When it comes to foot problems, the balls of the feet and the heels tend to incur many of the most common issues. The heels in particular are prone to pain from heel spurs and discomfort from the surrounding soft tissues (Achilles tendon, plantar fascia). It’s important to pay attention to these problems so that they don’t lead to chronic issues or get worse.

And speaking of problems that can get worse, don’t forget about the skin that covers the heels. The skin is subject to a lot of wear and tear and can incur damage and irritation as well. The following are heel skin problems and what might cause them:

  • Blisters: Those who wear high heels may be all too familiar with blisters that form on the back of their heels. Actually, many shoes with closed heel cups that do not have padding can cause painful blisters. And don’t forget about shoes with thin straps in the back – they can cause blisters, but also dig into the skin if they are too tight.
  • Heel callus: When the heel endures friction or irritation, the skin around the area can thicken and harden. Ill-fitting shoes, repetitive motions, or standing for a long period of time can put extra pressure on the bottom of the heels, leading to thickened skin. However, the thicker it gets, the drier and more uncomfortable it can become. Those with diabetes with peripheral neuropathy are prone to developing calluses, as they lose sensation in their feet and do not make adjustments to reduce friction on their heels.
  • Heel fissures (dry, cracked heels): Friction and continuous rubbing of the skin around the heels can also cause heel fissures. This is common when wearing open-backed shoes, such as sandals, which can leave the skin on the feet to become dry. When the heels are dry and friction is present, the skin can crack and bleed. This uncomfortable and painful condition should be treated promptly to prevent worse symptoms, like ulcers. Those with skin disorders like psoriasis or eczema should be more attentive to the skin on their feet as they are more likely to have problems with dry, cracked heels that take a long time to heal.

The cold, dry winter air can make heel skin problems worse. Moisturize your feet nightly with foot creams to relieve discomfort and nourish the skin. Additionally, use padding and orthotic inserts to relieve pressure on the parts of the heels that may be affected. Orthotics can help keep the feet in place, reducing the friction that is caused when your feet slide around in the back of the shoe. 

Having recurring skin problems on your heels this winter? Consult with our board-certified podiatrist, Dr. Brad Toll at Crofton Podiatry to get the right treatment. Make an appointment at our Crofton, MD by calling (410) 721-4505. Our team is ready to assist you at our office, which also serves the surrounding Gambrills, Odenton, and Bowie areas.


By Crofton Podiatry
January 03, 2018
Category: sports injuries
Tags: swelling   fractures   stretch   injuries   frostbite   sprain   black toenails  

It’s peak skiing and snowboarding season! If you haven’t already, you’re probably dusting off your gear and making sure that everything still works and fits correctly. And please, don’t forget this step! Many folks suffer from injuries each year while skiing or snowboarding due to improper use of equipment, ill-fitting boots, and not using safety gear.

Consider the following safety guidelines to keep you and your family safe while skiing or snowboarding:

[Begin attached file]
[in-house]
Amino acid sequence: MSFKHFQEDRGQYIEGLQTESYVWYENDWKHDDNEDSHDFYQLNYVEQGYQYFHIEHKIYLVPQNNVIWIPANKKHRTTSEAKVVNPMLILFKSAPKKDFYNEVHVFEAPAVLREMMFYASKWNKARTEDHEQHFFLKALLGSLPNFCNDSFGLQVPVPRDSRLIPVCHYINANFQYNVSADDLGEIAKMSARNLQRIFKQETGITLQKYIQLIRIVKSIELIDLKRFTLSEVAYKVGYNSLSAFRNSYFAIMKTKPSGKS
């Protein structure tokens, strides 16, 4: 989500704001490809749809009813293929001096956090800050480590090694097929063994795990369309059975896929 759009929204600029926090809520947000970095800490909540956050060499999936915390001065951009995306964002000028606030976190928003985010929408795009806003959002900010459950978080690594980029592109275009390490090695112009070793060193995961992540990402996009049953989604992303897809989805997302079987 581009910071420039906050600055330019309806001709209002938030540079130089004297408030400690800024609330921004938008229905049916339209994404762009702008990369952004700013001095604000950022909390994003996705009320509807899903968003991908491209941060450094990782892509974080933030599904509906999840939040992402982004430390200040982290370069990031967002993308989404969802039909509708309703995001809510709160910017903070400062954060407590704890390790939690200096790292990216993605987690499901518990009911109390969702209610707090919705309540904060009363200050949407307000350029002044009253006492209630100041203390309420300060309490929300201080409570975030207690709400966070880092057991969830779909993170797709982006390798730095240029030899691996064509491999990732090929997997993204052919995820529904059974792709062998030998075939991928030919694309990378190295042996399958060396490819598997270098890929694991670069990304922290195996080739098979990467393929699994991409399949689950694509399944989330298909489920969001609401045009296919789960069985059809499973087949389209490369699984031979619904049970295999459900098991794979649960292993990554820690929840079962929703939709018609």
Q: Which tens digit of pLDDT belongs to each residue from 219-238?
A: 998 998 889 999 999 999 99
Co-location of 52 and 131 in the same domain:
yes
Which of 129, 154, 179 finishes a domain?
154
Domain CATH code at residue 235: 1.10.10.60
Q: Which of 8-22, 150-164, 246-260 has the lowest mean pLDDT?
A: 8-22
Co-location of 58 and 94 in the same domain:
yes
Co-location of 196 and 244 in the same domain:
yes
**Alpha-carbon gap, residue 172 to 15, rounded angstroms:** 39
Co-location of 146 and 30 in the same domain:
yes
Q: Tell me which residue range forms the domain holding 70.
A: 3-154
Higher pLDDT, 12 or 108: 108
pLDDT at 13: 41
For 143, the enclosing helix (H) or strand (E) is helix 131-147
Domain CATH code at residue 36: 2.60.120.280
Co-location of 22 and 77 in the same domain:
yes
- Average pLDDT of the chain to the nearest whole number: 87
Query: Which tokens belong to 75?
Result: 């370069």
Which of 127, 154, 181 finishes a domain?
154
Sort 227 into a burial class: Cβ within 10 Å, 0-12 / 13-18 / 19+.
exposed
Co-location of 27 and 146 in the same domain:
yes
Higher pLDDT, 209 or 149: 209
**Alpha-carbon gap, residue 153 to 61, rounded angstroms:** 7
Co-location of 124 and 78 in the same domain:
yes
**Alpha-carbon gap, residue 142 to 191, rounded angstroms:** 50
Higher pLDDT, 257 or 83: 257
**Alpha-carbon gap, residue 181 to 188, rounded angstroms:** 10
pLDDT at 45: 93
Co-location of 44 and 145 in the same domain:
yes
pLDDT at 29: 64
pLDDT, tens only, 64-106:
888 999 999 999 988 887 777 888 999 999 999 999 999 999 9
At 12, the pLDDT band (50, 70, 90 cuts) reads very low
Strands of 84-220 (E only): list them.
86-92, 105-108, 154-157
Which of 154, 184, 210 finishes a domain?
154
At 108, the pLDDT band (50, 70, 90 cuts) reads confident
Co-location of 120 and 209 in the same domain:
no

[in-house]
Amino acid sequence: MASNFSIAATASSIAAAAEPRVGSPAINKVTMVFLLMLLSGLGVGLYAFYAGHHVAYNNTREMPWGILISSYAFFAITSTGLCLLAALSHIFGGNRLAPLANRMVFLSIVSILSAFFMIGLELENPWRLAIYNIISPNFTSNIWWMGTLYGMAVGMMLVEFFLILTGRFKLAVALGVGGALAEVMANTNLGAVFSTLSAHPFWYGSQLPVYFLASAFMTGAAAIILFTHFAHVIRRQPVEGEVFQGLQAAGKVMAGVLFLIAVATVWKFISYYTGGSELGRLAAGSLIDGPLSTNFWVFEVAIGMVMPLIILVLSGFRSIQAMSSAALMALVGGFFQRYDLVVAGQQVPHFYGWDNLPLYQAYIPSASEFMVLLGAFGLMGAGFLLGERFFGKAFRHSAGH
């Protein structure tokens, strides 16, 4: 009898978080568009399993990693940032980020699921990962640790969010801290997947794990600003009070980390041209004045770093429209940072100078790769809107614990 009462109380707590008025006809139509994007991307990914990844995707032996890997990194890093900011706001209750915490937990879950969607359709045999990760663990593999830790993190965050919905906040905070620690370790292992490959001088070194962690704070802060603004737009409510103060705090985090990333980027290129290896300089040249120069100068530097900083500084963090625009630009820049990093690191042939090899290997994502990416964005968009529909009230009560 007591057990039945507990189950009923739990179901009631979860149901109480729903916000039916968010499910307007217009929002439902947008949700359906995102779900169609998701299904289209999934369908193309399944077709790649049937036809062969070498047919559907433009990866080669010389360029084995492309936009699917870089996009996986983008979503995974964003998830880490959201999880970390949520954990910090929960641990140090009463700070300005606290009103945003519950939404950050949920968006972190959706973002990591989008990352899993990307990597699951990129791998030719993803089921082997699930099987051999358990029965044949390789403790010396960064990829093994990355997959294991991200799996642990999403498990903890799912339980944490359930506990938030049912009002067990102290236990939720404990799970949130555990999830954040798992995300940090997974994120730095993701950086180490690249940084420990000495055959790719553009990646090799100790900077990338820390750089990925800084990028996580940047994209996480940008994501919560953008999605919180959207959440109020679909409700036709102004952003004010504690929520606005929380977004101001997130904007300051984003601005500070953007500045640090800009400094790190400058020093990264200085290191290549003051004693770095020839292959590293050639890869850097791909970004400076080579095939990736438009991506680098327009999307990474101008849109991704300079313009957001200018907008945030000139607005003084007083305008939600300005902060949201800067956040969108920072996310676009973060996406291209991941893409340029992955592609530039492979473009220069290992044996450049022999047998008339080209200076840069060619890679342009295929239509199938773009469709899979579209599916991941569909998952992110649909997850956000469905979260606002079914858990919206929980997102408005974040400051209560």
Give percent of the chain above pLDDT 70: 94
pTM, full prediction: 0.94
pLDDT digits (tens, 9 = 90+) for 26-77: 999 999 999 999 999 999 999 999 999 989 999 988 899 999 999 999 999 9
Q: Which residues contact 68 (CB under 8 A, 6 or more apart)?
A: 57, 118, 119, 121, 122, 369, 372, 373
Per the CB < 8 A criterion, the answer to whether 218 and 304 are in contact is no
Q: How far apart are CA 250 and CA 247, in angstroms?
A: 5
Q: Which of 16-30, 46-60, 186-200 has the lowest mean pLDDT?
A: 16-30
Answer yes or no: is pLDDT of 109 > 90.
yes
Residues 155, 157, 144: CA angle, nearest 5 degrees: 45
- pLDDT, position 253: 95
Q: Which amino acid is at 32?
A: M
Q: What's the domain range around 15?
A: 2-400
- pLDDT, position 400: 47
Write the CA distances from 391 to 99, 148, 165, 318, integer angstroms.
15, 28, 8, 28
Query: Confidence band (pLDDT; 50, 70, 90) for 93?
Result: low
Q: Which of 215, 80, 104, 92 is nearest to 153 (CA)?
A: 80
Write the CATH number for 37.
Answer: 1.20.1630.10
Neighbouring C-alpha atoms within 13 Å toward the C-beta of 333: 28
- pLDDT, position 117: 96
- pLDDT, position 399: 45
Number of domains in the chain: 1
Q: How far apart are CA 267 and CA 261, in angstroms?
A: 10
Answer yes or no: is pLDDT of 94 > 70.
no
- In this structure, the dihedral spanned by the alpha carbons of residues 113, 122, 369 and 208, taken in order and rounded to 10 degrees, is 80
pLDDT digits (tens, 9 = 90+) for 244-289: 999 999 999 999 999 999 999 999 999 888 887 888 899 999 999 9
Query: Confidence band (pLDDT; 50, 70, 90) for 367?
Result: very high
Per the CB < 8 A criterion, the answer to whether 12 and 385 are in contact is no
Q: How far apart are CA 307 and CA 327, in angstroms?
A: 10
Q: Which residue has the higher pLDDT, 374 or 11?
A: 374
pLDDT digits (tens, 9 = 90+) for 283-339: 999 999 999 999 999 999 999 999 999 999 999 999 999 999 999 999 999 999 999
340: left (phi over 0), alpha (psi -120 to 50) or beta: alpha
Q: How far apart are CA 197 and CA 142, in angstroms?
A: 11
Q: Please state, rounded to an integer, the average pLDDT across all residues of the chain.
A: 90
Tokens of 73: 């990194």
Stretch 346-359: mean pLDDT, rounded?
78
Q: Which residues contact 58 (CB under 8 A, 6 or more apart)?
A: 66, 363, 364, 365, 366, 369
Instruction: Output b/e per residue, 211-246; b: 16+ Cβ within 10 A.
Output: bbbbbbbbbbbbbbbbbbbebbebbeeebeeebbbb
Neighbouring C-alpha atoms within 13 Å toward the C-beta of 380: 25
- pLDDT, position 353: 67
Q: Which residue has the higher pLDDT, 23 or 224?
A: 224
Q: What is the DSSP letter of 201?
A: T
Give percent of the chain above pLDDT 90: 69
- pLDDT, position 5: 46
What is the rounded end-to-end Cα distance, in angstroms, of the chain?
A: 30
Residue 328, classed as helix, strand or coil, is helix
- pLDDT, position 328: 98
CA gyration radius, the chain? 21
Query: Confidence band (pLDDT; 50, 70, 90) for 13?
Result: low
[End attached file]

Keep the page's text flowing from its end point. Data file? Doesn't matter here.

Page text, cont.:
Dress Warmly

  • Always wear layers and cover as much skin as possible. Gloves, socks, and a hat will keep you warm, especially when it is really cold and snowy. Bring extra socks to change into in case they get wet or sweaty.
  • It’s best if things can be waterproof so that you don’t risk getting your hands or feet wet, and then having them come into contact with snow or ice. That could lead to frostbite!

Use Protective Gear

  • Make sure you know how to use each piece of equipment properly. If you don’t know how the bootstraps tighten or loosen, or how to get out of skis once you are clipped in, ask a more experienced skier.
  • Use helmets, even if you’re a professional. You just never know what kind of accident might lead to hitting your head on ice, rocks or poles.
  • If you’re a beginner (especially in snowboarding), you may want to get knee, butt, and/or wrist pads for slips and falls to protect from injury and even fractures.

Prepare Your Feet

  • If you have to, try on multiple sizes of skiing or snowboarding boots to make sure they fit properly. While they must be snug, they should not cut off circulation to your feet and toes (which could lead to irritation on the skin, swelling, and bruises). If they are too loose, your feet and ankles will have to strain to give you the proper control over your skis or snowboard (and you can twist or sprain your ankle).
  • Make sure your toenails are trimmed so that they do not experience excessive pressure from the boots, which could lead to painful black toenails.
  • Stretch your toes, feet, and ankles before your skiing or snowboarding session to reduce risk of injury and warm them up before putting them to use.

Have you had an injury while participating in a winter sport? Consult with our board-certified podiatrist, Dr. Brad Toll at Crofton Podiatry to get the right treatment for your injury. Make an appointment by calling (410) 721-4505. Our team is prepared for quality assistance at our Crofton, MD office, which also serves the surrounding Gambrills, Odenton, and Bowie areas.

 





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2411 Crofton Lane, Suite 25
Crofton, MD 21114

Podiatrist - Crofton, Crofton Podiatry, 2411 Crofton Lane, Suite 25, Crofton MD, 21114 (410) 721-4505